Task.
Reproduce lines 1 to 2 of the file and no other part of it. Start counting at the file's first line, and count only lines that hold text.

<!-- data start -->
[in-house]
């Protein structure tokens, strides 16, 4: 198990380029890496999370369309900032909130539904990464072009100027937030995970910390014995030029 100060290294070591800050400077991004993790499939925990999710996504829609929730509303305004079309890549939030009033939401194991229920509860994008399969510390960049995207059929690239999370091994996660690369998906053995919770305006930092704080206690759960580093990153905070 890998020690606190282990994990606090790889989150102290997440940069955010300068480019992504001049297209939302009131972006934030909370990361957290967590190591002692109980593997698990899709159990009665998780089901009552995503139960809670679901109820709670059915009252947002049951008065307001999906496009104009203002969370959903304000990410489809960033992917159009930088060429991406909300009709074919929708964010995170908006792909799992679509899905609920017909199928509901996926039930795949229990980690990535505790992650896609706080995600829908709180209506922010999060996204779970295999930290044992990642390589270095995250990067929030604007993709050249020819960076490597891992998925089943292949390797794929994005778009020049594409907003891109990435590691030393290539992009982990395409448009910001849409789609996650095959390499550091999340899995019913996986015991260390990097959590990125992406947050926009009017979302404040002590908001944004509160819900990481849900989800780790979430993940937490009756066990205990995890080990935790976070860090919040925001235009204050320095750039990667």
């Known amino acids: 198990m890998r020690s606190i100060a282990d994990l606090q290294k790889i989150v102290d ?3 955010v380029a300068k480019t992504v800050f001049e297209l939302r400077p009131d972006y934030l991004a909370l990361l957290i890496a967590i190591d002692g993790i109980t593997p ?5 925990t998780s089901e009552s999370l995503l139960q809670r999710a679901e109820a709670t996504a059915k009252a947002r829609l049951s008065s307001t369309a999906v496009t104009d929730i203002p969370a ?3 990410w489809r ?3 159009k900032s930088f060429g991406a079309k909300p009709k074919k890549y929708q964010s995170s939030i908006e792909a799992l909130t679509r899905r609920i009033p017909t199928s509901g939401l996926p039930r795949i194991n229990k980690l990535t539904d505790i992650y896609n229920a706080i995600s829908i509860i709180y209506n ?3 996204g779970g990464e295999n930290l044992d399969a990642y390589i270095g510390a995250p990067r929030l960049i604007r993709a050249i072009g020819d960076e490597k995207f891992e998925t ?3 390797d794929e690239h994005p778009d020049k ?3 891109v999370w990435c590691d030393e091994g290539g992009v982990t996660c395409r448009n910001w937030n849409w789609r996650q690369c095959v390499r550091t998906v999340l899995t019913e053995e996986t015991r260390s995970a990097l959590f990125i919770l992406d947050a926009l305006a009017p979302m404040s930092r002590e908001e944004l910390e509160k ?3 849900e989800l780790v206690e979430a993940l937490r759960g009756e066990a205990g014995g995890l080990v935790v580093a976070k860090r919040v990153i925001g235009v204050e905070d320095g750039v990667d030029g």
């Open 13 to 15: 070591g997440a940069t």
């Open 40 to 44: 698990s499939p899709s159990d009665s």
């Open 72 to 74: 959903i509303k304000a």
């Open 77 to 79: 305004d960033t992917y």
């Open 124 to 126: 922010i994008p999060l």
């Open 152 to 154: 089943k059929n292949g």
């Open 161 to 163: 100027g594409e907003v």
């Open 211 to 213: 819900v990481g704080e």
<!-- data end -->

[in-house]
């Protein structure tokens, strides 16, 4: 198990380029890496999370369309900032909130539904990464072009100027937030995970910390014995030029 100060290294070591800050400077991004993790499939925990999710996504829609929730509303305004079309890549939030009033939401194991229920509860994008399969510390960049995207059929690239999370091994996660690369998906053995919770305006930092704080206690759960580093990153905070 890998020690606190282990994990606090790889989150102290997440940069955010300068480019992504001049297209939302009131972006934030909370990361957290967590190591002692109980593997698990899709159990009665998780089901009552995503139960809670679901109820709670059915009252947002049951008065307001999906496009104009203002969370959903304000990410489809960033992917159009930088060429991406909300009709074919929708964010995170908006792909799992679509899905609920017909199928509901996926039930795949229990980690990535505790992650896609706080995600829908709180209506922010999060996204779970295999930290044992990642390589270095995250990067929030604007993709050249020819960076490597891992998925089943292949390797794929994005778009020049594409907003891109990435590691030393290539992009982990395409448009910001849409789609996650095959390499550091999340899995019913996986015991260390990097959590990125992406947050926009009017979302404040002590908001944004509160819900990481849900989800780790979430993940937490009756066990205990995890080990935790976070860090919040925001235009204050320095750039990667």